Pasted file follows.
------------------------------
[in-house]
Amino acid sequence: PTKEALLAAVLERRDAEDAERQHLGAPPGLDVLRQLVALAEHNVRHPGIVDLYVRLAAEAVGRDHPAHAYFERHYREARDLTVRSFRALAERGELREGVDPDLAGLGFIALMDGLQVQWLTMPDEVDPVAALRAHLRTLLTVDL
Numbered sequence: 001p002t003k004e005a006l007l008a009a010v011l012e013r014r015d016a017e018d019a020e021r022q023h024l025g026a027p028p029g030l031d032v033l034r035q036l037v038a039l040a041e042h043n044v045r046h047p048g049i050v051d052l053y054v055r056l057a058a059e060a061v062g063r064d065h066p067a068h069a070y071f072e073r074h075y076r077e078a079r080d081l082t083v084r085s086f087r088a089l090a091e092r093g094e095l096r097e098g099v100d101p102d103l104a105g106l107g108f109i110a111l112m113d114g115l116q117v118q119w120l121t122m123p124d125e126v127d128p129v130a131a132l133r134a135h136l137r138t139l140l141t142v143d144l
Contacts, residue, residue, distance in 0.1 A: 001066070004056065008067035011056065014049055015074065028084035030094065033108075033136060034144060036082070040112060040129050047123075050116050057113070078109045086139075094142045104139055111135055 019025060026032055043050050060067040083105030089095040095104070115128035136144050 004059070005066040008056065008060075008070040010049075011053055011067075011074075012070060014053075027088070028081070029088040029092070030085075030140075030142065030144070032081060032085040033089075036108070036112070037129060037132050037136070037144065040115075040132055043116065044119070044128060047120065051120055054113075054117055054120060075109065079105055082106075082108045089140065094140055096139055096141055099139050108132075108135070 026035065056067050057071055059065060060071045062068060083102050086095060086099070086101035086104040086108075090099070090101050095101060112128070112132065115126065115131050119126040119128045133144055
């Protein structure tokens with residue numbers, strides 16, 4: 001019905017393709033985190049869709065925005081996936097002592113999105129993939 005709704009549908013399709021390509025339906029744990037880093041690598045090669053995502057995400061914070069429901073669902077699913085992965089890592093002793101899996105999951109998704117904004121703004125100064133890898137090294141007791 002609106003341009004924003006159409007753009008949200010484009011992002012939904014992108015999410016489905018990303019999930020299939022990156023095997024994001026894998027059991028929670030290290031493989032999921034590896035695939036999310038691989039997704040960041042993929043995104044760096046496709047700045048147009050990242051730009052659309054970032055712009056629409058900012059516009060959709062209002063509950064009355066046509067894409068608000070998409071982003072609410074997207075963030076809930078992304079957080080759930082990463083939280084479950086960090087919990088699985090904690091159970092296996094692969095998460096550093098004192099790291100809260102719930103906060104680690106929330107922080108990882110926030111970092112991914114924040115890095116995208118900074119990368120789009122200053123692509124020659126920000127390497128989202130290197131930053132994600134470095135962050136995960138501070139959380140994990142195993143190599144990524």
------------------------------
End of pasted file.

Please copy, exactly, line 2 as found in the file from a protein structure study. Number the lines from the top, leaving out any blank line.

Amino acid sequence: PTKEALLAAVLERRDAEDAERQHLGAPPGLDVLRQLVALAEHNVRHPGIVDLYVRLAAEAVGRDHPAHAYFERHYREARDLTVRSFRALAERGELREGVDPDLAGLGFIALMDGLQVQWLTMPDEVDPVAALRAHLRTLLTVDL